Many older dialysis patients involved in a qualitative study said they felt voiceless in the decision-making process and were unaware of more conservative management approaches that could help them avoid initiating dialysis.
The qualitative study, led by Tufts University researchers, involved interviewing 31 dialysis patients in the greater Boston area. The researchers interviewed 23 in-center hemodialysis patients, one home hemodialysis patient and seven peritoneal dialysis patients, with a mean age of 76.
The study, published online in Nephrology Dialysis Transplantation in advance of print, also found that patients who perceived they did not have a choice in starting dialysis reported low satisfaction with the treatment, despite acknowledging its life-extending benefits.
“For some patients, dialysis may be the best treatment that aligns with their preferences and goals. But our study found that many of our respondents did not know that starting dialysis was voluntary and that they had a different option,” said Keren Ladin, PhD, first author on the paper. Ladin is an assistant professor in the Department of Occupational Therapy at the Graduate School of Arts and Sciences and the Department of Public Health and Community Medicine at Tufts University School of Medicine. “Patient-centered care requires better communication between patients and providers, including better understanding how potential treatments may affect patients’ goals of care and lifestyle preferences.”
The study found that key decision-making factors for patients include: independence, ability to travel, social participation, not burdening loved ones, continuing meaningful activities, and avoiding pain and fatigue.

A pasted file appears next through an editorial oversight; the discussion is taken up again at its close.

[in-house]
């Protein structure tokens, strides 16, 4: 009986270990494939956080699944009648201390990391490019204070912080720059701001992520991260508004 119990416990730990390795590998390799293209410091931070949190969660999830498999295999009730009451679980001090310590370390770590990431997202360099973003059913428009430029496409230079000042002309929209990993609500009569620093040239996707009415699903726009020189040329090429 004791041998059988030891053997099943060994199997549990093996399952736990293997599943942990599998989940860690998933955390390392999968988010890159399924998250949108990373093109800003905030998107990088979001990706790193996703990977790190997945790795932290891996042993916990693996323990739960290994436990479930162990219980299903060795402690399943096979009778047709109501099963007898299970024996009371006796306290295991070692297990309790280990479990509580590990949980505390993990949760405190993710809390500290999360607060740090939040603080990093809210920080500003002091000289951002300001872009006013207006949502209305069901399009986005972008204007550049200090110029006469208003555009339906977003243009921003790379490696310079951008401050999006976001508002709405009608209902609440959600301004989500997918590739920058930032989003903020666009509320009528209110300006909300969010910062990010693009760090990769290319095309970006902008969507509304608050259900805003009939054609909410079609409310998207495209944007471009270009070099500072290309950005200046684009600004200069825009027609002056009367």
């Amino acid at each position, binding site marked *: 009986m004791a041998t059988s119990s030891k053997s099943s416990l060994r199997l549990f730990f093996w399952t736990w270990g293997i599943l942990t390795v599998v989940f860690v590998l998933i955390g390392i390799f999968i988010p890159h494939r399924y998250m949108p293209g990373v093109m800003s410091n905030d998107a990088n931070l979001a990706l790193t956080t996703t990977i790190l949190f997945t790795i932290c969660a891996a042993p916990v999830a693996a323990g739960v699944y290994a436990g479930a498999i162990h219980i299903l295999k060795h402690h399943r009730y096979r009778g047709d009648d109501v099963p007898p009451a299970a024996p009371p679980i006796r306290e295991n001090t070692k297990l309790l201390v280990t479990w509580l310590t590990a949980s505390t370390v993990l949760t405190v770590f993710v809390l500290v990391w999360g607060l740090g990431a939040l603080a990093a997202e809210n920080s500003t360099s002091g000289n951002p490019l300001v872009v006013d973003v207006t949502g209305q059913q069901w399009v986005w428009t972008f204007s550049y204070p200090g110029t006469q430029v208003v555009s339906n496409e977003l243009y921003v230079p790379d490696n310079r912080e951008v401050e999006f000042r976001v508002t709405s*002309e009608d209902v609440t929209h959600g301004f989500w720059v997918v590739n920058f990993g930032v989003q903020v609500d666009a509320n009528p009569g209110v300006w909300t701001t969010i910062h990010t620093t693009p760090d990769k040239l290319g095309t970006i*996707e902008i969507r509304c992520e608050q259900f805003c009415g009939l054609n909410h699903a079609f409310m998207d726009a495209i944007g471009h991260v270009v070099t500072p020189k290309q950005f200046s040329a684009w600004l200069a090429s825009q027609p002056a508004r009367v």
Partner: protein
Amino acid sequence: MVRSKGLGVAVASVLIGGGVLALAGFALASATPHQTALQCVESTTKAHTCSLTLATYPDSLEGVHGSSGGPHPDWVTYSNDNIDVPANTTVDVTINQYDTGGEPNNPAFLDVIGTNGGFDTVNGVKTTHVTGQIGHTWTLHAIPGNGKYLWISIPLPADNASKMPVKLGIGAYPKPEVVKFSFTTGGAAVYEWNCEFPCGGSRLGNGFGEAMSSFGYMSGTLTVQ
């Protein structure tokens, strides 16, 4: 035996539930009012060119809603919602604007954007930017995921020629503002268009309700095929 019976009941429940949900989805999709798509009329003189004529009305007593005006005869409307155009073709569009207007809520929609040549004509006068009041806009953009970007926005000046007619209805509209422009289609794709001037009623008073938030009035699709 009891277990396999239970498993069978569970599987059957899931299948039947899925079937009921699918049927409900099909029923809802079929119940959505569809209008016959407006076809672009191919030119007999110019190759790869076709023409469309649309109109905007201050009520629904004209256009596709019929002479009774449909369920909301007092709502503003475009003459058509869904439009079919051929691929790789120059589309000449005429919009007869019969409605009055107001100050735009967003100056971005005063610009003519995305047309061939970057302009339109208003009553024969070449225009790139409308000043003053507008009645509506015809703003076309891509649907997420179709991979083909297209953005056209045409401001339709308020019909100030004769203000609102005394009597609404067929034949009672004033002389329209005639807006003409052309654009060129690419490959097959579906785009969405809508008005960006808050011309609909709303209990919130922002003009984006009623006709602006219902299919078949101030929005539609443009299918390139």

The researchers found multiple barriers to shared decision-making, including:
- A perception among patients that dialysis was necessary to prevent imminent death;
- A perception among patients that the decision to begin dialysis was solely up to their physicians;
- A lack of communication of important prognostic information for the patient from a doctor; and
- A patient’s deference to the views of clinicians and family members who often override a patient’s expressed preferences, fueled by a desire to be a “good patient.”
Most patients who said they felt less engaged in the decision-making process reported feeling dissatisfied with their treatment outcomes. Many focused on unexpected setbacks from dialysis and expressed feelings of distress about the impact of the treatment on their independence and overall energy.
By contrast, the research found that patients reported actively making choices between peritoneal dialysis and hemodialysis. In this process, most patients reported their choice involved careful research and conversations with clinicians and family members.
“While we cannot cure ESRD at this point, we can help patients achieve their goals and live out their last state of life according to their wishes,” said Ladin.